Many investors spend hours each week watching programs on CNBC that endlessly discuss the state of the US economy and the actions of the Fed. Most of what they say is repetitive foolish banter “signifying nothing”. They talk incessantly about actions the Fed has taken and should take, every tweet of President Trump criticizing the Fed, developments in the trade war with China, negative interest rates in Europe and Japan and recently, the inverted yield curve in the US. They then discuss and ask their guests for an opinion as to what action the Fed should take and whether stocks will go up or down or a recession is coming. Except for the opinion of an occasional guest or reference to a tweet of President Trump which they often mock as inappropriate they make almost no reference to the egregious errors of the Fed which inappropriately raised interest rates and reduced its balance sheet during 2018 and had foolishly projected further interest rate increases and balance sheet reductions in 2019. Such actions by the Fed slowed the forward momentum of the economy resulting from the once in a generation Trump tax cuts and his regulatory changes. Rather than praising President Trump for exposing the Feds errors they foolishly criticize him for interfering with the independence of the Fed and speculate on whether he is seeking political cover for the adverse effects of his trade war with China.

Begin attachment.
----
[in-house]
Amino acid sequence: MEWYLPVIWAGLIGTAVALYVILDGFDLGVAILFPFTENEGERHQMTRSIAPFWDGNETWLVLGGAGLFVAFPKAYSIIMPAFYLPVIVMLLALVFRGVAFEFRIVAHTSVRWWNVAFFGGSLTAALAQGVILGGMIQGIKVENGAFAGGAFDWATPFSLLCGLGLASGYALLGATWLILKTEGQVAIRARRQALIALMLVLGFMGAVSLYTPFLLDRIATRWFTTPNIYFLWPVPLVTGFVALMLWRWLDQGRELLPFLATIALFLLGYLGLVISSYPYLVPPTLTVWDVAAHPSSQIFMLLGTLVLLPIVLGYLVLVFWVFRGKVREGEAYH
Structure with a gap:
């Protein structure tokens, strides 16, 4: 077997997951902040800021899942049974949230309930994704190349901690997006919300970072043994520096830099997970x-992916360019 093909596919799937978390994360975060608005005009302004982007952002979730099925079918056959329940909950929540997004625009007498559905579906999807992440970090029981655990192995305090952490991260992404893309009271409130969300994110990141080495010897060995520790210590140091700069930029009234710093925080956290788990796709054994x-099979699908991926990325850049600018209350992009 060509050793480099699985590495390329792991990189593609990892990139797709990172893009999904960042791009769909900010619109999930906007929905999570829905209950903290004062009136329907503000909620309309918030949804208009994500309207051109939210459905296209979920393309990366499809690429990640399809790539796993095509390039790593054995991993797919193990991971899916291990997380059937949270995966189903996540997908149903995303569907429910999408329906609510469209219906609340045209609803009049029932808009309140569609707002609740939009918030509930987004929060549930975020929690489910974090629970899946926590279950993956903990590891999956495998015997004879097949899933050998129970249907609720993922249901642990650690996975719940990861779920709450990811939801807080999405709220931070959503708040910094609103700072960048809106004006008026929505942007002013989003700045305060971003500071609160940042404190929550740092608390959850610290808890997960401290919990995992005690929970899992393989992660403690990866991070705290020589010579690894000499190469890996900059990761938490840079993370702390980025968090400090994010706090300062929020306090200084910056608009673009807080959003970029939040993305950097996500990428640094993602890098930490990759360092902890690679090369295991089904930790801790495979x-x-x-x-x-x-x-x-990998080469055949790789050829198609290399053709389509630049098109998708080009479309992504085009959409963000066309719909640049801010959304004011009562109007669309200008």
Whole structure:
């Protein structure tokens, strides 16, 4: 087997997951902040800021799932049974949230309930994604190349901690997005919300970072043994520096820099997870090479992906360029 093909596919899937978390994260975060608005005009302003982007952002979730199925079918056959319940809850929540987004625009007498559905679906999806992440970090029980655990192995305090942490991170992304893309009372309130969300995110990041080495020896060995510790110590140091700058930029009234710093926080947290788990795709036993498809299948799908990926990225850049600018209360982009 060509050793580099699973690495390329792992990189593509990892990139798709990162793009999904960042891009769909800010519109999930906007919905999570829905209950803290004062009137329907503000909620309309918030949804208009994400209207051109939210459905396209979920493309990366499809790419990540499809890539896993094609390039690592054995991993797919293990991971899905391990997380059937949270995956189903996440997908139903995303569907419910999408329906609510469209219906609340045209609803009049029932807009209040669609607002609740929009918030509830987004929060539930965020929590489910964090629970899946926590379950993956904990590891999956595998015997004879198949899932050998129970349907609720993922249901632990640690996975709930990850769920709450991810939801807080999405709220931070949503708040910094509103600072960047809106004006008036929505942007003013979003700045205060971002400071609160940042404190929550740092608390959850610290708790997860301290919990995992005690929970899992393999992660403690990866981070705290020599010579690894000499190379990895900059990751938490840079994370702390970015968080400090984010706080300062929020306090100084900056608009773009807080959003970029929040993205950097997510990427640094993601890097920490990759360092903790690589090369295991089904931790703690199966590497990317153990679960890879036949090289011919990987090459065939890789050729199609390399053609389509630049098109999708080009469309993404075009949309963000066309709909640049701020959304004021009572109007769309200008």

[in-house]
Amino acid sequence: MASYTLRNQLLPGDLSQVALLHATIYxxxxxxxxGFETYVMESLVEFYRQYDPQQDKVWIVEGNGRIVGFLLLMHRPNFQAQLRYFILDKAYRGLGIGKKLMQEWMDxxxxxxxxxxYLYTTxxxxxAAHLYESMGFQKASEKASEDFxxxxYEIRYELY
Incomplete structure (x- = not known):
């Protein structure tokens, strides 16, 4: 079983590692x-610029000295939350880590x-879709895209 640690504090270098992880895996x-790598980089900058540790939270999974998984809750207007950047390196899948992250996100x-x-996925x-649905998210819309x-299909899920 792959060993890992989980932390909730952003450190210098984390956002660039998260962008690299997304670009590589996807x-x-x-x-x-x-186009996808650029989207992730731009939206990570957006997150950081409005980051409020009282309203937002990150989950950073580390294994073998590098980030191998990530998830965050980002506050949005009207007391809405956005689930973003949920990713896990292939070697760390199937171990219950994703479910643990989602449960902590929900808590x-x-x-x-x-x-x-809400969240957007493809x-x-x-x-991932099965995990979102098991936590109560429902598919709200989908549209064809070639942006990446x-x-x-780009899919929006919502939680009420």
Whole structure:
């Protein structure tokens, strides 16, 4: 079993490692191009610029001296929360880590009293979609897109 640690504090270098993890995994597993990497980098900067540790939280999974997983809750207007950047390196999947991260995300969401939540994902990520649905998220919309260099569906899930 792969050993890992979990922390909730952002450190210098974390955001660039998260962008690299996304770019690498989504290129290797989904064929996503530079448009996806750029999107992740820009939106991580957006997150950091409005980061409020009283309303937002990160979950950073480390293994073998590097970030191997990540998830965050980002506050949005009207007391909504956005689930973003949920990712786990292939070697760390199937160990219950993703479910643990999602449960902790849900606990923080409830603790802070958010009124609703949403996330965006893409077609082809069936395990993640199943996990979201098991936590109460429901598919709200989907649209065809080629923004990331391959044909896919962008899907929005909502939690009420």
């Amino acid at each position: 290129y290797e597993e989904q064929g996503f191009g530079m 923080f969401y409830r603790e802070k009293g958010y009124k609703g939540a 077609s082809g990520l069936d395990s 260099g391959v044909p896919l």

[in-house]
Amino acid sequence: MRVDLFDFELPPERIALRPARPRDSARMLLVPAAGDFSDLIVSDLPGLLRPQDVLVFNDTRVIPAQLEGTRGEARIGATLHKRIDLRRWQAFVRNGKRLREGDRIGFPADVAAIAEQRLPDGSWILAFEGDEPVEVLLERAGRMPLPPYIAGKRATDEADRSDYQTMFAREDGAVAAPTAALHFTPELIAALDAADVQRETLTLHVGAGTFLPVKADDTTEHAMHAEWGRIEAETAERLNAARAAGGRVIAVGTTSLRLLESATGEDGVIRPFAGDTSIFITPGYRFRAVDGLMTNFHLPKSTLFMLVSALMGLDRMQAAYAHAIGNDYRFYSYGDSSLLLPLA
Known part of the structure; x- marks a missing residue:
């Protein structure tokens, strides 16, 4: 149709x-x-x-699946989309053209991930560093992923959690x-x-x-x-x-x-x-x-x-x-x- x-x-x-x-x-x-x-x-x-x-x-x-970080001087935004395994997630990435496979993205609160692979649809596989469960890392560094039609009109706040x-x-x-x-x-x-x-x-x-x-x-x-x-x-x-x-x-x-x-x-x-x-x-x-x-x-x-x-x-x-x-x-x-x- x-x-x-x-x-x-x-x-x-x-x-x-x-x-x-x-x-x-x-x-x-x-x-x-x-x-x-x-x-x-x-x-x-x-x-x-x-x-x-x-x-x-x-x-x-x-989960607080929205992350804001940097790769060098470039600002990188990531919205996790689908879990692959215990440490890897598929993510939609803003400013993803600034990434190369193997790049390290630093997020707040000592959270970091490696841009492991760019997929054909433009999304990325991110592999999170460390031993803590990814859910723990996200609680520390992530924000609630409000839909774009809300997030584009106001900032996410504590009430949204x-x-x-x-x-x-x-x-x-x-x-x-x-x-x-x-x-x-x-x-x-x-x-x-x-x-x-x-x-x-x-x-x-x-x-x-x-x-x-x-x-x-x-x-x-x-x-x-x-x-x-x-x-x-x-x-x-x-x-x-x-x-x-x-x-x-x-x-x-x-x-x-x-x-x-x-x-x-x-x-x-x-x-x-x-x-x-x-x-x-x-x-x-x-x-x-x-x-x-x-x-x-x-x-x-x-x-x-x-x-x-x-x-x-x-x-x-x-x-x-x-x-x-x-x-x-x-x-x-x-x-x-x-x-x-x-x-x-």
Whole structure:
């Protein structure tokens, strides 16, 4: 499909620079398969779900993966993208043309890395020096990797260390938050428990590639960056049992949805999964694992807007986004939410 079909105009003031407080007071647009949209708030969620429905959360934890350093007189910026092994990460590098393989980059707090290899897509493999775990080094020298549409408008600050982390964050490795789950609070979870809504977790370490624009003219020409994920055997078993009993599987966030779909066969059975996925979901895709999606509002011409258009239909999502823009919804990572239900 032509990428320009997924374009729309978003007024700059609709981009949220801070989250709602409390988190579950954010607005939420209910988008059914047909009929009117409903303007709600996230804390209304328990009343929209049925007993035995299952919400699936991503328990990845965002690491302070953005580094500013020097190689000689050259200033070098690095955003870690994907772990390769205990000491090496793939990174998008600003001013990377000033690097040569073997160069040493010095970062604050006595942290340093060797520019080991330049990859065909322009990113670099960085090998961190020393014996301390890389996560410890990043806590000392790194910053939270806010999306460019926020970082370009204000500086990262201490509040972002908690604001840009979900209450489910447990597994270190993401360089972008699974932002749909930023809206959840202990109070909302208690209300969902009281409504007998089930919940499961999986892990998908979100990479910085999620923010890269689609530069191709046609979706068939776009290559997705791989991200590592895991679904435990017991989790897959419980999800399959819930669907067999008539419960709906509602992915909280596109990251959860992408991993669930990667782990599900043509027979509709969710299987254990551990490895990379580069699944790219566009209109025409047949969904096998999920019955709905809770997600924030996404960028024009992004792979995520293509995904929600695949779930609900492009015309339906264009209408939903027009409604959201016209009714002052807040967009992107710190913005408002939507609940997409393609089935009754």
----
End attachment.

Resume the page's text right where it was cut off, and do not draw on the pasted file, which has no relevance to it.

The Fed regulates both government interest rates and banks. Its Congressional mandates are to maximize employment, promote stable prices and moderate long term interest rates. They have become known as the dual mandates because it is assumed that if the first two mandates are met, interest rates will remain moderate. The mandates seem simple, but they are not. The Fed claims it is data dependent when taking actions. It gathers and reviews a broad range of data before making a decision to raise or lower interest rates or to increase or decrease the size of its balance sheet by purchasing or selling bonds. Then it acts in a way to best fulfill its mandate. To act wisely the Fed has to fully understand the data and anticipate future changes in the data including changes that may result from its own actions. Should it be looking at short term or long term unemployment or both? Should it assume that if the rate of expansion of the economy grows, that inflation will inevitably follow? Should it anticipate the risk of recession or stagflation?